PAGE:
A bequest is a provision of your will that directs a particular sum of money or item of property to be given to a particular person or entity after your death. Specific bequests allow you to ensure that items of sentimental value, even those with little monetary value, are directed to the hands of your friends or relatives who will treasure them. Bequests also create a valuable method of making contributions to civic and charitable organizations that have meant a lot to you during your lifetime.
Write a thorough inventory of your items of personal property.
Read More: Inventory List for a Last Will & Testament
Examine your inventory of personal property items. Determine which items, if any, have sentimental value that makes it appropriate for specific devise to family members or friends, and which items, if any, have monetary value that you would like to devise to individuals or organizations. Circle these items in pencil, noting next to each the person or organization to whom you would like to bequeath the item.
Create a list of your financial assets and accounts. Note the name of each financial institution and any designating account numbers.
Review your list of financial assets and accounts. Determine what sums of money, if any, you would like to leave to individuals or to organizations. Note these monetary amounts and the name of the person or organization in pencil on your list of financial assets and accounts.
Write your specific bequest provisions, placing each bequest in a separate paragraph and beginning each paragraph with the phrase, "I give, devise and bequeath." Include a detailed description of the personal property item or sum of money and account source, followed by a detailed description of the person or entity to whom you are making the bequest. Include his full legal name and address.
Write a final bequest paragraph that leaves the rest, residue and remainder of your estate -- any funds or personal property left over after the other specific bequests have been fulfilled -- to a person or organization of your choosing.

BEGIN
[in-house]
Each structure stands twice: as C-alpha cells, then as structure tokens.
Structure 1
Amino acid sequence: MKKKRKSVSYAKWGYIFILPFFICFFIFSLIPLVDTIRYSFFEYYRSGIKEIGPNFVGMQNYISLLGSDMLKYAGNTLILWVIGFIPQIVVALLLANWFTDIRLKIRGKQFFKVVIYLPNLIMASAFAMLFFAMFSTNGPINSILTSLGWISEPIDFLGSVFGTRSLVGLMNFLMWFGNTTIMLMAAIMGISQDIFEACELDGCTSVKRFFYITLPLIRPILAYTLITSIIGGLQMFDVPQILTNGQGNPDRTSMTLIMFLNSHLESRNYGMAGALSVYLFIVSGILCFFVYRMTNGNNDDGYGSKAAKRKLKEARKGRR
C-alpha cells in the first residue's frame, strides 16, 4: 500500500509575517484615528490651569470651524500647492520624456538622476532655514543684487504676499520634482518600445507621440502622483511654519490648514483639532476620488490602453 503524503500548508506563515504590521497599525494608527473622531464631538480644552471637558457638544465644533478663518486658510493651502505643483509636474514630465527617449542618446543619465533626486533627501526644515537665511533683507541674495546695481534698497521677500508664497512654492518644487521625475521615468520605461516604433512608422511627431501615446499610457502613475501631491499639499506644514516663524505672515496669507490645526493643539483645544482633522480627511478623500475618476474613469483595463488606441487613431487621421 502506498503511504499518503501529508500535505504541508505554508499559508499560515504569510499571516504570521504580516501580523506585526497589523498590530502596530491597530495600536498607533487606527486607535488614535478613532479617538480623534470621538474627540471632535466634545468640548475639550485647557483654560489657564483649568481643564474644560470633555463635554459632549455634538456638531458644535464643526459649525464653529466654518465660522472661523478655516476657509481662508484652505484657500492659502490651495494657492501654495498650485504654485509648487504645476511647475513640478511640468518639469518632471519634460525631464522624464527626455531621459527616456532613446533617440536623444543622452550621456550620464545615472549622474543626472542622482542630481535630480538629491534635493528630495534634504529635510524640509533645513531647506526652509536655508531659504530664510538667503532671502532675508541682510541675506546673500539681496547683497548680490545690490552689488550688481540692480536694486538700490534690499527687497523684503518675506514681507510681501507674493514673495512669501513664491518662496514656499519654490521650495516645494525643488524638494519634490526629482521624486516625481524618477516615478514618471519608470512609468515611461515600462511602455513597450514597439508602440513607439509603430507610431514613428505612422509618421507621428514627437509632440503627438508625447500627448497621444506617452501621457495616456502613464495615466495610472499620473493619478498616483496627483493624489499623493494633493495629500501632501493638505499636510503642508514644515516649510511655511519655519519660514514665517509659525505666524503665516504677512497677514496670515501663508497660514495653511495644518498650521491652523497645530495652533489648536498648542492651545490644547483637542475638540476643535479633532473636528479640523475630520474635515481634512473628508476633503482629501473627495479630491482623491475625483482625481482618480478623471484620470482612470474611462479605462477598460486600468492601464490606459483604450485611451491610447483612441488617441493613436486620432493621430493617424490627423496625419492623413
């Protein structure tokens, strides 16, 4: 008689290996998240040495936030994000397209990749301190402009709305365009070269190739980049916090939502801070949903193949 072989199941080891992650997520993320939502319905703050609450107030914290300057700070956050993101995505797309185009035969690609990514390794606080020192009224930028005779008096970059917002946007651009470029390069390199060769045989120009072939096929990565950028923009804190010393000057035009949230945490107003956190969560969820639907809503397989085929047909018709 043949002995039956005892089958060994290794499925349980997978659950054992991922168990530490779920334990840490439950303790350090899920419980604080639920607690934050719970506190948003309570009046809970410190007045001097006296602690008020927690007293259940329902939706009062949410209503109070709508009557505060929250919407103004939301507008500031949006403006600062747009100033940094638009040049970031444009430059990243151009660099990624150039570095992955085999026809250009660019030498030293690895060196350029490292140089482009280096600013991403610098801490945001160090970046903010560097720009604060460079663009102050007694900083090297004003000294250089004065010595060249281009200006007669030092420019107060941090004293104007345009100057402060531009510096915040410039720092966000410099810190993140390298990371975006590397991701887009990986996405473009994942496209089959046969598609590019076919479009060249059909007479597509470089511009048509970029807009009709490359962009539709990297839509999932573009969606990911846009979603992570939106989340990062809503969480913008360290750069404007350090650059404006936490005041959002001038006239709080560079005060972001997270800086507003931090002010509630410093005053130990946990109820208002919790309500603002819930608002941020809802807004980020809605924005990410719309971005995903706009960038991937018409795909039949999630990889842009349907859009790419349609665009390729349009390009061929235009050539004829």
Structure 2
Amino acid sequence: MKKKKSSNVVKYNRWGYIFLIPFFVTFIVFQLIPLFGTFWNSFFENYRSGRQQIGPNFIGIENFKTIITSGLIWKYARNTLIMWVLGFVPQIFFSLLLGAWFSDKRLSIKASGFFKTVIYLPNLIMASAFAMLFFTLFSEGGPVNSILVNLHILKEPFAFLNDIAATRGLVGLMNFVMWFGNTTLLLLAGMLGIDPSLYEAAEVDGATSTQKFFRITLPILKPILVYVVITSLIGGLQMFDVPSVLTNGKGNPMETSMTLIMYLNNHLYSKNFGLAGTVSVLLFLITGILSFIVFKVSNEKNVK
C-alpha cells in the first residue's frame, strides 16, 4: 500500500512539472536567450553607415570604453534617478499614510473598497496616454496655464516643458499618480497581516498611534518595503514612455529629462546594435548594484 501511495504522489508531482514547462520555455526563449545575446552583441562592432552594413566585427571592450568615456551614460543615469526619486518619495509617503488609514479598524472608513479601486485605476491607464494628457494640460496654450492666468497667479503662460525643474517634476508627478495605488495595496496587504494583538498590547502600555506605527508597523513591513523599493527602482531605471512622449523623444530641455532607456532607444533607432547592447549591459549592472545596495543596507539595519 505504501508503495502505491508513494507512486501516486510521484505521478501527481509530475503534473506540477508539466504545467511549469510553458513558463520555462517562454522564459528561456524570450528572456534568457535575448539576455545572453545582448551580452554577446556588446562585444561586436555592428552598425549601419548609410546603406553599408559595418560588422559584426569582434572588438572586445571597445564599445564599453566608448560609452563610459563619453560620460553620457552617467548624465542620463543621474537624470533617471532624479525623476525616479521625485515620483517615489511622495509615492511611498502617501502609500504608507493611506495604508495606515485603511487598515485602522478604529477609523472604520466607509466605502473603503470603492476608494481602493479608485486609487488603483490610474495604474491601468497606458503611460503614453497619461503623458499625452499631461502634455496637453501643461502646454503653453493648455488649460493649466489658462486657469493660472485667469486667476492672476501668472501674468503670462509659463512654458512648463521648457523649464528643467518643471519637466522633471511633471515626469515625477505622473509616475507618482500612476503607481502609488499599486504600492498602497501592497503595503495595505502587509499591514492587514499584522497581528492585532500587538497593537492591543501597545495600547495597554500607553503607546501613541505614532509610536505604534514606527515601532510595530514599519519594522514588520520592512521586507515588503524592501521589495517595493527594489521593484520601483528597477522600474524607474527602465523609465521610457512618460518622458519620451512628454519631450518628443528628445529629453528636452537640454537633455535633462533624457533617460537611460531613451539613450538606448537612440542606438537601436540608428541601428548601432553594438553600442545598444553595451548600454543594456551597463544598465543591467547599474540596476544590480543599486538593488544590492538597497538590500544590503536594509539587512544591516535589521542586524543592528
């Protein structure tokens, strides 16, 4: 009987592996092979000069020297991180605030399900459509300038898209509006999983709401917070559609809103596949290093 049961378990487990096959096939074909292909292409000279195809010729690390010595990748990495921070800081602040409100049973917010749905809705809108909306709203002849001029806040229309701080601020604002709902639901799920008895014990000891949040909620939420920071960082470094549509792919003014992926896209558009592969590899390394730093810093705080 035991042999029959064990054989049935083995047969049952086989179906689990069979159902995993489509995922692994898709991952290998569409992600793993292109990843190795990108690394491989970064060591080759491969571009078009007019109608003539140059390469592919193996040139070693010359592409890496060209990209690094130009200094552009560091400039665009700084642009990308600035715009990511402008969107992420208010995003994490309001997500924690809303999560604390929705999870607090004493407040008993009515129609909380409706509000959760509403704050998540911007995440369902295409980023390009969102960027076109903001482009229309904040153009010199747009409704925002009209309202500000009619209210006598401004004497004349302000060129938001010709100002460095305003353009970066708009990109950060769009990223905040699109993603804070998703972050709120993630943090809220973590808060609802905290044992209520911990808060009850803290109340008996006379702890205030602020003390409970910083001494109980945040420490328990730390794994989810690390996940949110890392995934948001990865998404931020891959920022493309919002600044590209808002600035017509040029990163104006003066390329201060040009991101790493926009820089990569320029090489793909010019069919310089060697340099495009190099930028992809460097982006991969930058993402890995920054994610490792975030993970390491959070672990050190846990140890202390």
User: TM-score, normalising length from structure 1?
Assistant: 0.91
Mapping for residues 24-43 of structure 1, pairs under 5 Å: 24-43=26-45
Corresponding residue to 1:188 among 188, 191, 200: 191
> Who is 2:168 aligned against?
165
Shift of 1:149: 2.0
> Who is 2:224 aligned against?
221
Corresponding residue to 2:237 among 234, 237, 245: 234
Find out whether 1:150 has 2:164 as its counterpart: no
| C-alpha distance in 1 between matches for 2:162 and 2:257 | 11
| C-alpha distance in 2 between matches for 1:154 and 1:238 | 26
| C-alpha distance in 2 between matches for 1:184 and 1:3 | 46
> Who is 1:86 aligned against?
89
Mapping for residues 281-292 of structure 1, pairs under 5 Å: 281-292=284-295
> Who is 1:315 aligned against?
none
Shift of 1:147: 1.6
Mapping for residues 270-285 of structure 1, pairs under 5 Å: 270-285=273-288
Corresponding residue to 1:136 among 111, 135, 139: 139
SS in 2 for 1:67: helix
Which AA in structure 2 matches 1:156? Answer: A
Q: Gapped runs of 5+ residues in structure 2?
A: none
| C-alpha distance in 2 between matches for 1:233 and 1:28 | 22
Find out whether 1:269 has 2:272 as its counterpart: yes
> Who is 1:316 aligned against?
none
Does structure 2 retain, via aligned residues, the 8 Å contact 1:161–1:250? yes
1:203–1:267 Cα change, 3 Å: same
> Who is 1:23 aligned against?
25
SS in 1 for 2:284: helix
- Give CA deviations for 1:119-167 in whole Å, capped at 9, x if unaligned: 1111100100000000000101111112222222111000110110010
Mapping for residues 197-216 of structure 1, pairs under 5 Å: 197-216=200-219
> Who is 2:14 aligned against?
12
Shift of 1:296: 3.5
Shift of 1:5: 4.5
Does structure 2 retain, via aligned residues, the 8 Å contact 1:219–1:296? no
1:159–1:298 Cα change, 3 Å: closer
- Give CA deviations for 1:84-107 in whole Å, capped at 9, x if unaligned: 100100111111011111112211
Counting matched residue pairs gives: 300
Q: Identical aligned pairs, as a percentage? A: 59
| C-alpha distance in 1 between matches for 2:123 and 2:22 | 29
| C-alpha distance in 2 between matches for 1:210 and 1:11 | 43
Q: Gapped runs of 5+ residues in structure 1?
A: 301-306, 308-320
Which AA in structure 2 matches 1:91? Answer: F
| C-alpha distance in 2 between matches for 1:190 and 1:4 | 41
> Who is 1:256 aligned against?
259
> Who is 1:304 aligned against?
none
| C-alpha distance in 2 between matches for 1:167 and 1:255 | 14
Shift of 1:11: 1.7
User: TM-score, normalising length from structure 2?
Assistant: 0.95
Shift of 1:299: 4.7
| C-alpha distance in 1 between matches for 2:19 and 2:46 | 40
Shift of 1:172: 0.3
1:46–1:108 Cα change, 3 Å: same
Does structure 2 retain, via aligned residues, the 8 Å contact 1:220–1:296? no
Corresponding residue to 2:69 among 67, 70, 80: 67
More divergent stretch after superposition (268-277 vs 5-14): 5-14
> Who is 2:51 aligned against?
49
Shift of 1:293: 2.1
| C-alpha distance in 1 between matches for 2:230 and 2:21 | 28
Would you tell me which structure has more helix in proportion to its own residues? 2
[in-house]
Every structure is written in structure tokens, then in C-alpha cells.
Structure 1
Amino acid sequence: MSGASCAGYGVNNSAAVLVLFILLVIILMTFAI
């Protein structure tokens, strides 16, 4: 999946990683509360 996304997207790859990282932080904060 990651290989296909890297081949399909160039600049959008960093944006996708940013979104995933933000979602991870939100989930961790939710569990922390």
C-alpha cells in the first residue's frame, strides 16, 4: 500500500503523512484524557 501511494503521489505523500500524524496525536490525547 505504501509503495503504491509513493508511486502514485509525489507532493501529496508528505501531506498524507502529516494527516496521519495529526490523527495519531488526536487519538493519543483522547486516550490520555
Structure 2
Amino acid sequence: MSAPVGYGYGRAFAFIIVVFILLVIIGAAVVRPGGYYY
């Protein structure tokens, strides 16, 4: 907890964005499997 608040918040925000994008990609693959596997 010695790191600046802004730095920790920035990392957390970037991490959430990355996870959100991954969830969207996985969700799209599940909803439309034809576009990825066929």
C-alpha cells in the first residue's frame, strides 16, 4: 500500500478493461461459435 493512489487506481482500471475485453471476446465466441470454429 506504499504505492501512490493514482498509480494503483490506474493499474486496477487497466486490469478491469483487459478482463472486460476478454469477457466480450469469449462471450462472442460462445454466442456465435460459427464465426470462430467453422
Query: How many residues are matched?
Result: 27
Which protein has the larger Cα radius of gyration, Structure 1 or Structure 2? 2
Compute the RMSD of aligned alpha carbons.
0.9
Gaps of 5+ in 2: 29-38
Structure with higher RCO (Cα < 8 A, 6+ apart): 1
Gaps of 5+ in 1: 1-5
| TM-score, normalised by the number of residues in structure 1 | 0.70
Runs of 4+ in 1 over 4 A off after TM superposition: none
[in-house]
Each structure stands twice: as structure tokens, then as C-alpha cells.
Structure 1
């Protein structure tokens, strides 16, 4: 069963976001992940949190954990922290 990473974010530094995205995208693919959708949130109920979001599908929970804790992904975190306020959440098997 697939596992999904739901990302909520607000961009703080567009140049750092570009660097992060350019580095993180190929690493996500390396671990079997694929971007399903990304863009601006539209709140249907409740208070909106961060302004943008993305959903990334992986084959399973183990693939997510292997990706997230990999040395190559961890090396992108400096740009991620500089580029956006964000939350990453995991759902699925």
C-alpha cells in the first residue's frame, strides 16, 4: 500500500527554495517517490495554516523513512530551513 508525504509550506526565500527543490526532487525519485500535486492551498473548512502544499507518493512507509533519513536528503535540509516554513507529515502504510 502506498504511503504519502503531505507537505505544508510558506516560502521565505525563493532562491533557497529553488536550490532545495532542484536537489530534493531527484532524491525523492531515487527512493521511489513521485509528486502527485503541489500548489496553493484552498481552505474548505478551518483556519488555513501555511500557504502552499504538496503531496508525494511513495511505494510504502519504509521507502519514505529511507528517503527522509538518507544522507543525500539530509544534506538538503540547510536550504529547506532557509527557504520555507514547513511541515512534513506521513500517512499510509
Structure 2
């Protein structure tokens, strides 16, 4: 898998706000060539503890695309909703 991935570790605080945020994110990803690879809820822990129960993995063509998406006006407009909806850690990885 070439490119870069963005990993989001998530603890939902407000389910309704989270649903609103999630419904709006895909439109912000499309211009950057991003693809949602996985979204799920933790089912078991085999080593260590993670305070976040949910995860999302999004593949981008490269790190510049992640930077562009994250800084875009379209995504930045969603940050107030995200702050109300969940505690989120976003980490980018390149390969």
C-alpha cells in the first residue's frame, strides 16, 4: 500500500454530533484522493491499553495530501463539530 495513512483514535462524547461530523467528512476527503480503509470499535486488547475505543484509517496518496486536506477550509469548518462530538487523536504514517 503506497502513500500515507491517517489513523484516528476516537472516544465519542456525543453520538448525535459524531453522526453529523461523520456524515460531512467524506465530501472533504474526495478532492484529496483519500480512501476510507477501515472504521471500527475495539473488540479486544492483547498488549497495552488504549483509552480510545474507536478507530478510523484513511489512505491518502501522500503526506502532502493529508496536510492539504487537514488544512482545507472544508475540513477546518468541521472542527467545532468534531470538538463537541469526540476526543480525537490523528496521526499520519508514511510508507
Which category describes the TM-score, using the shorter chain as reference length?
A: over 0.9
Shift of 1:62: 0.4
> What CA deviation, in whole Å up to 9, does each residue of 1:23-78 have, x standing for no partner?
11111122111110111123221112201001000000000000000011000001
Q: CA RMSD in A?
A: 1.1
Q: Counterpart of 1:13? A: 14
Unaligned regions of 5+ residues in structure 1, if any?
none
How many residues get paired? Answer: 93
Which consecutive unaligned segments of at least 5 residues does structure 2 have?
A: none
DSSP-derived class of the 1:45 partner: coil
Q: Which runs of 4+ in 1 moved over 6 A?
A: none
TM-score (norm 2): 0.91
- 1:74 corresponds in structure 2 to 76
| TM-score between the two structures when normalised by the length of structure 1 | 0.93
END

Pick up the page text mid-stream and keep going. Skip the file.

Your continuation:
Write the language required by your state to conclude your will, and execute the will with the appropriate number of witnesses or other formalities required by your state in order to make your bequests legally valid.
In most states, you can draft your bequests in a separate document and simply refer to that document in your will. For example, the Maine specifies that bequests can be on a separate document outside the will, which means that you can change the specific bequests at any time without the need to redraft your will or go through the formalities of creating a will codicil.
Review the gift and bequest policies of any organizations or other entities that you are considering as recipients of a bequest. Determine whether these organizations' policies require or suggest specific bequest language and whether the organizations retain the right to dispose of any bequeathed property in any manner they choose.
A freelance writer since 1978 and attorney since 1981, Cindy Hill has won awards for articles on organic agriculture and wild foods, and has published widely in the areas of law, public policy, local foods and gardening. She holds a B.A. in political science from State University of New York and a Master of Environmental Law and a J.D. from Vermont Law School.